A good site and aspect, ample and well-designed stabling in the midst of, or in close proximity to, a suitable, well-conditioned farm, constitutes the bed-rock on which the foundation should be laid. A high and dry position, sheltered from the east and north by rising ground, is the most desirable site, and where choice is permissible should be selected.
It is not, however, to be understood that a less elevated position is necessarily objectionable. This would depend a good deal on the nature and porosity of the soil, the extent and efficiency of drainage, and whether the country was heavily wooded or open. The fen lands of Lincolnshire and Cambridgeshire, although low-lying, are nevertheless well adapted to horse-breeding. Their light, fertile soil, luxuriant herbage, and free open country, where neither fences nor trees interfere with the free circulation of air and escape of moisture, all conduce to a state of atmospheric dryness and salubrity, notwithstanding the numerous water-courses which intersect the land.
Soil suitable for breeding and rearing horses, although variable in its nature, is influenced in a great measure by the extent to which it is drained and wooded. In a well-drained, open country, where the moisture is carried off and not allowed to stagnate and become dissipated merely by evaporation, a fairly strong clay may prove useful; while the converse of these conditions will render the air so humid and damp, and the soil so cold, that both plant and animal life will be prejudicially affected. Trees and fences, by breaking the force of the wind and affording shelter from storms, are most desirable adjuncts in due proportion and when suitably disposed, but when existing in excess they not only impart dampness to the district by preventing the free circulation of air, but in summer-time they form a breeding-ground for flies, which worry and torment horses so, that grazing is interfered with and constant stamping provoked, causing serious damage to legs, and especially to those of growing animals.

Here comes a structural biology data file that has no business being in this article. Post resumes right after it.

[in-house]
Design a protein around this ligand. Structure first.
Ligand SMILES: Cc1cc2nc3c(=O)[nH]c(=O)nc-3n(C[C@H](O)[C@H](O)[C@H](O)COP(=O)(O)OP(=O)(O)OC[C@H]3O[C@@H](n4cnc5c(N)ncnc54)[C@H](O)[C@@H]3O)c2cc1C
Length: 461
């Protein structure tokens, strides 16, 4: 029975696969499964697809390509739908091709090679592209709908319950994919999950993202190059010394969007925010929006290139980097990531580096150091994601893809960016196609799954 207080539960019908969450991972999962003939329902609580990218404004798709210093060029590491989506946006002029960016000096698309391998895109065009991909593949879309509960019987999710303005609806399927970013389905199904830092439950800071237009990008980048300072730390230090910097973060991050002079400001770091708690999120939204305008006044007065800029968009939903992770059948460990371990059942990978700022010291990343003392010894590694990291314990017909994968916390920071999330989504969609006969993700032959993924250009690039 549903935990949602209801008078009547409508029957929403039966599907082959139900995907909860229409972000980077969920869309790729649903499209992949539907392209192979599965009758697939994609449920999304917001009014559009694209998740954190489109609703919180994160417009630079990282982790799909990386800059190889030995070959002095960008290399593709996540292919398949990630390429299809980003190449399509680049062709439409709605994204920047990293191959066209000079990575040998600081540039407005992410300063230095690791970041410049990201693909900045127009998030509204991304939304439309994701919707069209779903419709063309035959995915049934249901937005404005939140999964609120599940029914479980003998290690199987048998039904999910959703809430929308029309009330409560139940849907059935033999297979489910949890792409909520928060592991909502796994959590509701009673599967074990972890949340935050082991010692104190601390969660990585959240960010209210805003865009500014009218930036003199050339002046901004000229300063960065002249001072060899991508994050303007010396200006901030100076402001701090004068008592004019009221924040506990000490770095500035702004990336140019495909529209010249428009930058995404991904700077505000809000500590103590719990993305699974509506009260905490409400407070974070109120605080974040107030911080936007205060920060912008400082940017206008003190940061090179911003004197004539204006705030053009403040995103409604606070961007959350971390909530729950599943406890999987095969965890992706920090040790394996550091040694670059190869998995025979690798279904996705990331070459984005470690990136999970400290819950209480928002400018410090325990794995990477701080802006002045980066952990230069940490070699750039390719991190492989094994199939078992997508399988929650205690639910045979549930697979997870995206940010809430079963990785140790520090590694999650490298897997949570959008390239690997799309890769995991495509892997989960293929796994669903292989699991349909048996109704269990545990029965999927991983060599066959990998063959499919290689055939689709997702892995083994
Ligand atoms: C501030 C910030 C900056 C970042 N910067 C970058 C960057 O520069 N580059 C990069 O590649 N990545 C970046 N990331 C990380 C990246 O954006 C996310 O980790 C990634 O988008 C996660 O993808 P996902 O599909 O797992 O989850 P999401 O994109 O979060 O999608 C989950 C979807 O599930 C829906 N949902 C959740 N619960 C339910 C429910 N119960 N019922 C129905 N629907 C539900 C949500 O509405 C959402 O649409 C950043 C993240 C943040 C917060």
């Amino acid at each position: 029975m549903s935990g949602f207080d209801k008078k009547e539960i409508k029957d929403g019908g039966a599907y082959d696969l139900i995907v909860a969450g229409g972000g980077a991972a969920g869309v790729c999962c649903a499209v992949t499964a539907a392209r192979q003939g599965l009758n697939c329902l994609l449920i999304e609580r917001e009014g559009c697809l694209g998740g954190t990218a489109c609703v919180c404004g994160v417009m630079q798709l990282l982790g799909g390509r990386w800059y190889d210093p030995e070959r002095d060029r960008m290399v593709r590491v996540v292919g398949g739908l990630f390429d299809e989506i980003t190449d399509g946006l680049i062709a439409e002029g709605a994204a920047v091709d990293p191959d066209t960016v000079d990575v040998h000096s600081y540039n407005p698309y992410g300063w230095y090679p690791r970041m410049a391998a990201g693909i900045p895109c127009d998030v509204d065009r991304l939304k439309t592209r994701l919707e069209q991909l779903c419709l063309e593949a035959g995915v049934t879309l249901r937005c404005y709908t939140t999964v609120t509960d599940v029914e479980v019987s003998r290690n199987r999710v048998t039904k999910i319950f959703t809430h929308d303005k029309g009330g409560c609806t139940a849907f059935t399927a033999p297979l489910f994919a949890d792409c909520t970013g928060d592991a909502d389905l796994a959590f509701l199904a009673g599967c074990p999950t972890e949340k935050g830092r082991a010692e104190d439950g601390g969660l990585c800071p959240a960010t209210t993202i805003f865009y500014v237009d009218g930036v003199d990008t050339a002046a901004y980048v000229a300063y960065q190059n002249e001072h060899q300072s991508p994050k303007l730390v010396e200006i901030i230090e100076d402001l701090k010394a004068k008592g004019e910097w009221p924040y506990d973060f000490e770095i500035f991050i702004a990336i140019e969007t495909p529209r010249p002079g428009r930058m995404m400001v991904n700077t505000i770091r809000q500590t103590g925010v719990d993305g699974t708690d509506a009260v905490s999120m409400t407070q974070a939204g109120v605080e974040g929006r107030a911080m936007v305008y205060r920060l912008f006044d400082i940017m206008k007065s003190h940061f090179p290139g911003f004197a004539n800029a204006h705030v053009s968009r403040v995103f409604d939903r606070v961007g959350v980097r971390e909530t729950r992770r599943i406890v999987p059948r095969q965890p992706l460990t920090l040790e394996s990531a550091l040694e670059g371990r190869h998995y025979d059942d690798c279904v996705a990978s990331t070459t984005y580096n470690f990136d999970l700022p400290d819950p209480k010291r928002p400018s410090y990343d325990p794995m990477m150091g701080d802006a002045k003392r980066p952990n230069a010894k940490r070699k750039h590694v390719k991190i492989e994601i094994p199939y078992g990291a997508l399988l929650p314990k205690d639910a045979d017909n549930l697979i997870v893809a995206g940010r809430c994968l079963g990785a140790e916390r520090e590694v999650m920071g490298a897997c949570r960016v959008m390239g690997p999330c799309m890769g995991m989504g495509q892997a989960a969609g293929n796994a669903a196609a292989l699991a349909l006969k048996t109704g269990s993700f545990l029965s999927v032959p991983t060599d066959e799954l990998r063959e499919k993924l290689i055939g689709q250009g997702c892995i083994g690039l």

To go into the subject of geological formation best suited to the breeding of horses would open up a very difficult and debatable question.
To what extent it influences the success or failure of breeding operations it is impossible to say, but it is important to notice that by far the greater number, and the most valuable horses, are bred and reared on the eastern side of the country.
When we come to examine the formations enclosed in this area it is found that a large breadth of the country extending from the coast-line inwards is alluvium, and beyond this to the west, chalk and the red sandstones predominate. Another feature about this horse-breeding area is the small number of trees, the paucity of woodland and big fences, and for the most part its flatness.
There can be no doubt that good horses can be, and are, bred on every description of geological formation, other things being favourable, but for obvious reasons those referred to above appear to lend themselves to this class of enterprise much better than do some others.
Limestone we know is greatly extolled, and all other things being favourable, is perhaps the best substratum that can be found for the purpose, but without the " other things" there is little to be said in its favour.